Manatū Taonga, Pouwhenua Timeball Station

Location: Whakaraupō

Date: June 2019

The pou waka shape reflects a waka upended in the whenua and heading to the sky.  This symbolism, or epitaph, refers to an ancient and special practice that occurred for a rangatira or ariki who had passed away.  His waka would be upended in the whenua reaching towards the sky, symbolising and assisting his journey towards Nga Mata Ariki which enabled easier travel for this person to reach Io Matua Kore, the penultimate destination.

corten steel insert shows Mata Ariki with his hoe and the water over which he travels.

The notches on the edge of the insert symbol represents Kopiri, the constellation dedicated for the atua Rongo Ma Tane who is a kaitiaki of the Kumara which has its own planting and harvesting matauranga relative to the season and place where kumara can be grown.  The matauranga that is represented in the three notches reflects the three mounds made when planting and husbanding kumara.   The first mound is for the kumara bug; the second for the atua and the third for tangata.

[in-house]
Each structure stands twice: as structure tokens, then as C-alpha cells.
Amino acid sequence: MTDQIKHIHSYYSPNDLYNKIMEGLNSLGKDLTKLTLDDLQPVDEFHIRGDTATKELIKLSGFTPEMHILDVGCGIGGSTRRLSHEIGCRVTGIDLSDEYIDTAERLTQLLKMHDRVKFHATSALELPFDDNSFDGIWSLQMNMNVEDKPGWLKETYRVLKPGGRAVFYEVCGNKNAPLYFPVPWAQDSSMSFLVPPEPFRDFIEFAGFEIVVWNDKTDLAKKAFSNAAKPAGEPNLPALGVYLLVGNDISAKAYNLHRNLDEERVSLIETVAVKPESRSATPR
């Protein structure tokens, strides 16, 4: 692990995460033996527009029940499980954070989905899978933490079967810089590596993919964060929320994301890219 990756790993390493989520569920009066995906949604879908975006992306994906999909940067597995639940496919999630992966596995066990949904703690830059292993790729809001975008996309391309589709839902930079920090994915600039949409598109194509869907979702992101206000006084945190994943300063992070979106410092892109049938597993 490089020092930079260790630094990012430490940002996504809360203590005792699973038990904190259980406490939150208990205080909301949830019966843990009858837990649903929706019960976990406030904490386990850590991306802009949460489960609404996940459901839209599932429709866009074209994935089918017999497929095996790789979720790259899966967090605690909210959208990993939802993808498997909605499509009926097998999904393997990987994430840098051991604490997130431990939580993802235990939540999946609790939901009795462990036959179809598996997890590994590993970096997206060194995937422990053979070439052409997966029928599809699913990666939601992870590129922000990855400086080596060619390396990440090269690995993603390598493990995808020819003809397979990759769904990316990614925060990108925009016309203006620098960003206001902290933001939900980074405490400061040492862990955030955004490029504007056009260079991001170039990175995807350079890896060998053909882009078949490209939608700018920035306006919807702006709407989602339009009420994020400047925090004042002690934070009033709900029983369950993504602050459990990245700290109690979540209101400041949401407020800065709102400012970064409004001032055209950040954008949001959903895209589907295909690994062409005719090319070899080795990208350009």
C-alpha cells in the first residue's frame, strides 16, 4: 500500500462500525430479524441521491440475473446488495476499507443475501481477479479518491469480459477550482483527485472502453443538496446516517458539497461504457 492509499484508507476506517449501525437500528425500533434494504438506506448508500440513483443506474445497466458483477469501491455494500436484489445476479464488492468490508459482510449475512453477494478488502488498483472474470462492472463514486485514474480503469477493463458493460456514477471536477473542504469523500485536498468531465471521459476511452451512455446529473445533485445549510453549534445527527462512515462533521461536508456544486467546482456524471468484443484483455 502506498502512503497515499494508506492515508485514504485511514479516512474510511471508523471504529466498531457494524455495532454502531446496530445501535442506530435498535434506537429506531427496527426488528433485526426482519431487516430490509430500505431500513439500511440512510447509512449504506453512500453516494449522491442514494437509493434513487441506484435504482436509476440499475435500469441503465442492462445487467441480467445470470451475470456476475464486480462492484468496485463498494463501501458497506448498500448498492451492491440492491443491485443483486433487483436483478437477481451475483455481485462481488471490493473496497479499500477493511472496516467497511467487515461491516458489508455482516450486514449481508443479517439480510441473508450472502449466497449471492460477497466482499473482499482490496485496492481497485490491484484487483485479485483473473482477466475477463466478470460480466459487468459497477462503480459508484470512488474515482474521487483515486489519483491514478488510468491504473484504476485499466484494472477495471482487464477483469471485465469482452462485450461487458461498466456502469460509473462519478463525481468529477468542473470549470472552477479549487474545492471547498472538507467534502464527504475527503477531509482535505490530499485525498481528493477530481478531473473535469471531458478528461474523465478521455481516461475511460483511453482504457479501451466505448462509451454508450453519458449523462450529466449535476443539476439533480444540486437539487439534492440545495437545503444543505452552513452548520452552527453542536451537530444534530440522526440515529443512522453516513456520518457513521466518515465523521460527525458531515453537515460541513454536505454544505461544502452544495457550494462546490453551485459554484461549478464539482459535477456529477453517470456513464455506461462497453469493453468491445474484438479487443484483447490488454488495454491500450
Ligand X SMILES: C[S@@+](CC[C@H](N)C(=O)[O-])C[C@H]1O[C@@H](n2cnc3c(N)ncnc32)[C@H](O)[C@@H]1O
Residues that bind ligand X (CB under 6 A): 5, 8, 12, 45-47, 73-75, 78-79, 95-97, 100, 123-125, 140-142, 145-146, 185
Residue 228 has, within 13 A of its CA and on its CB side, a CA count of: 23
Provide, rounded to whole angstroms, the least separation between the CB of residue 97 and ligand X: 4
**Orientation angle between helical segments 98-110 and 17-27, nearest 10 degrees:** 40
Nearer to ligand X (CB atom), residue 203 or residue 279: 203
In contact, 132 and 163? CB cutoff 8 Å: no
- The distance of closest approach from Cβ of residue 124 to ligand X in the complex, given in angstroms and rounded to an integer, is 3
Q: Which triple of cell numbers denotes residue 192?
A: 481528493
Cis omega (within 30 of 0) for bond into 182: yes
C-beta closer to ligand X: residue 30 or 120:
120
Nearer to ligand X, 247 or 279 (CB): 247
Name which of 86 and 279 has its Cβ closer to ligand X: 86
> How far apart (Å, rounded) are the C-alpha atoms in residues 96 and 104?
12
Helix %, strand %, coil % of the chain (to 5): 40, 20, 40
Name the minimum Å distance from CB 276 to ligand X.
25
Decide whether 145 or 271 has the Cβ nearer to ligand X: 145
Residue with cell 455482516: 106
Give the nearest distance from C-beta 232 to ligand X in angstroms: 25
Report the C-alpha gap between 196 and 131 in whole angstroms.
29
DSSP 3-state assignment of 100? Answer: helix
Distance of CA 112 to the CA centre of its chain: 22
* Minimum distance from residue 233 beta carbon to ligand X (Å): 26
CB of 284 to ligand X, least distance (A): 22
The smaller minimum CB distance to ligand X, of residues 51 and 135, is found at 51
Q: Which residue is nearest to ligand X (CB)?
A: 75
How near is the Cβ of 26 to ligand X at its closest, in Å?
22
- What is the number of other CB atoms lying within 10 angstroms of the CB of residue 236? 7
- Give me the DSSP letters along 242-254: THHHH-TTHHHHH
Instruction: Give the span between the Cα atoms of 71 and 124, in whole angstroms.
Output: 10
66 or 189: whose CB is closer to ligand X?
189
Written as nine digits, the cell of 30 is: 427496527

The Upoko represent Kotare, the Kingfisher whose characteristics like other manu, inspire us to not be afraid to go into other realms.  Just as a manu can be comfortable on land or airborne and be completely at home diving into water, so too should we be unafraid to venture across the moana.  Both eyes on the upoko are different on each side.  Representing Mata Ao and Mata Po, this reflects the range of senses and sensory input required for navigation, which are not just the visual.  The currents; the winds; the sounds; the temperature and other tactile and aural sensors are all important navigational tools to employ if you want to get where you want to be.

The Pou is carved from Totara sourced from Tai Poutini.
The spiral on the forehead of the upoko represents Rauru, the carver of the Takitimu waka
The Upoko has references to Kopiri
The Upoko represents Kotare